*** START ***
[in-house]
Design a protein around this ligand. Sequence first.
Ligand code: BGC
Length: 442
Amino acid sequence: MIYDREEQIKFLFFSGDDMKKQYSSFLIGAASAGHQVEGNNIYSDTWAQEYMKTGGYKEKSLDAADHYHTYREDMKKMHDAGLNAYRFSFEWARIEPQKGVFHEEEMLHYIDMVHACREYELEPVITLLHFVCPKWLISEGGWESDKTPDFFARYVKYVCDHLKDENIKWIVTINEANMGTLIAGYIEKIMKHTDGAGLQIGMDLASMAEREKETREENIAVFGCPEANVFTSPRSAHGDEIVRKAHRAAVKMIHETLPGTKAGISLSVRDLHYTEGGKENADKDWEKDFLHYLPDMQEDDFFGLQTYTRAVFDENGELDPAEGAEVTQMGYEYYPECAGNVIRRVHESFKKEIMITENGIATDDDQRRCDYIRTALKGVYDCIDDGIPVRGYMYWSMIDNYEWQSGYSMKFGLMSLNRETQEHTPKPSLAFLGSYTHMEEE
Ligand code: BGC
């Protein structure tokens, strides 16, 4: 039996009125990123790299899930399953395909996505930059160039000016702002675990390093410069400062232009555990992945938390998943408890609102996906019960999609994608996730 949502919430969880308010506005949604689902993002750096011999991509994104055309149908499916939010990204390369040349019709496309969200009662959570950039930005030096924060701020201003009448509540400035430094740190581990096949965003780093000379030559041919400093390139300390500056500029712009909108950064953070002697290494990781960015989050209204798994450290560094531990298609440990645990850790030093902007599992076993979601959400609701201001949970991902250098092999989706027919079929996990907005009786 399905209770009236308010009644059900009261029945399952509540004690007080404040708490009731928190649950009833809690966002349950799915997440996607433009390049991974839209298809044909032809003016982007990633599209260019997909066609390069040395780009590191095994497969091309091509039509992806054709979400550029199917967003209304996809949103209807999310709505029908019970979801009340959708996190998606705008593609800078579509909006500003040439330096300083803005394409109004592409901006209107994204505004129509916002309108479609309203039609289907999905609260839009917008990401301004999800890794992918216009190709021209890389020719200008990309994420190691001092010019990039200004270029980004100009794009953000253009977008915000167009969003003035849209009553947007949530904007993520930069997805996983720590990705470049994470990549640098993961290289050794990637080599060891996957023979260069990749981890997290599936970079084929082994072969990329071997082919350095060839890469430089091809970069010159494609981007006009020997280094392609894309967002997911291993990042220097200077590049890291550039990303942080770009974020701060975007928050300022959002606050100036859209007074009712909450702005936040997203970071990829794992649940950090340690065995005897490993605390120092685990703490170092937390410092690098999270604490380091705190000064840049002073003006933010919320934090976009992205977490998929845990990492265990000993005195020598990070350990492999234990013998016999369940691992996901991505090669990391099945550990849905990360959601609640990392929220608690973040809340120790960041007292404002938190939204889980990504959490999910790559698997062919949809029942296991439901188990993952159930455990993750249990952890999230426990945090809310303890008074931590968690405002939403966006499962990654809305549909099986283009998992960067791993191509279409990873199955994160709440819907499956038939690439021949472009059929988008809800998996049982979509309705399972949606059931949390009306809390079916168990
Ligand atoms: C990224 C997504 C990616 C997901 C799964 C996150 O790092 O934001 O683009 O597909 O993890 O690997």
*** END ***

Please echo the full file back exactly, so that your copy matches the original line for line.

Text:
[in-house]
Design a protein around this ligand. Sequence first.
Ligand code: BGC
Length: 442
Amino acid sequence: MIYDREEQIKFLFFSGDDMKKQYSSFLIGAASAGHQVEGNNIYSDTWAQEYMKTGGYKEKSLDAADHYHTYREDMKKMHDAGLNAYRFSFEWARIEPQKGVFHEEEMLHYIDMVHACREYELEPVITLLHFVCPKWLISEGGWESDKTPDFFARYVKYVCDHLKDENIKWIVTINEANMGTLIAGYIEKIMKHTDGAGLQIGMDLASMAEREKETREENIAVFGCPEANVFTSPRSAHGDEIVRKAHRAAVKMIHETLPGTKAGISLSVRDLHYTEGGKENADKDWEKDFLHYLPDMQEDDFFGLQTYTRAVFDENGELDPAEGAEVTQMGYEYYPECAGNVIRRVHESFKKEIMITENGIATDDDQRRCDYIRTALKGVYDCIDDGIPVRGYMYWSMIDNYEWQSGYSMKFGLMSLNRETQEHTPKPSLAFLGSYTHMEEE
Ligand code: BGC
């Protein structure tokens, strides 16, 4: 039996009125990123790299899930399953395909996505930059160039000016702002675990390093410069400062232009555990992945938390998943408890609102996906019960999609994608996730 949502919430969880308010506005949604689902993002750096011999991509994104055309149908499916939010990204390369040349019709496309969200009662959570950039930005030096924060701020201003009448509540400035430094740190581990096949965003780093000379030559041919400093390139300390500056500029712009909108950064953070002697290494990781960015989050209204798994450290560094531990298609440990645990850790030093902007599992076993979601959400609701201001949970991902250098092999989706027919079929996990907005009786 399905209770009236308010009644059900009261029945399952509540004690007080404040708490009731928190649950009833809690966002349950799915997440996607433009390049991974839209298809044909032809003016982007990633599209260019997909066609390069040395780009590191095994497969091309091509039509992806054709979400550029199917967003209304996809949103209807999310709505029908019970979801009340959708996190998606705008593609800078579509909006500003040439330096300083803005394409109004592409901006209107994204505004129509916002309108479609309203039609289907999905609260839009917008990401301004999800890794992918216009190709021209890389020719200008990309994420190691001092010019990039200004270029980004100009794009953000253009977008915000167009969003003035849209009553947007949530904007993520930069997805996983720590990705470049994470990549640098993961290289050794990637080599060891996957023979260069990749981890997290599936970079084929082994072969990329071997082919350095060839890469430089091809970069010159494609981007006009020997280094392609894309967002997911291993990042220097200077590049890291550039990303942080770009974020701060975007928050300022959002606050100036859209007074009712909450702005936040997203970071990829794992649940950090340690065995005897490993605390120092685990703490170092937390410092690098999270604490380091705190000064840049002073003006933010919320934090976009992205977490998929845990990492265990000993005195020598990070350990492999234990013998016999369940691992996901991505090669990391099945550990849905990360959601609640990392929220608690973040809340120790960041007292404002938190939204889980990504959490999910790559698997062919949809029942296991439901188990993952159930455990993750249990952890999230426990945090809310303890008074931590968690405002939403966006499962990654809305549909099986283009998992960067791993191509279409990873199955994160709440819907499956038939690439021949472009059929988008809800998996049982979509309705399972949606059931949390009306809390079916168990
Ligand atoms: C990224 C997504 C990616 C997901 C799964 C996150 O790092 O934001 O683009 O597909 O993890 O690997």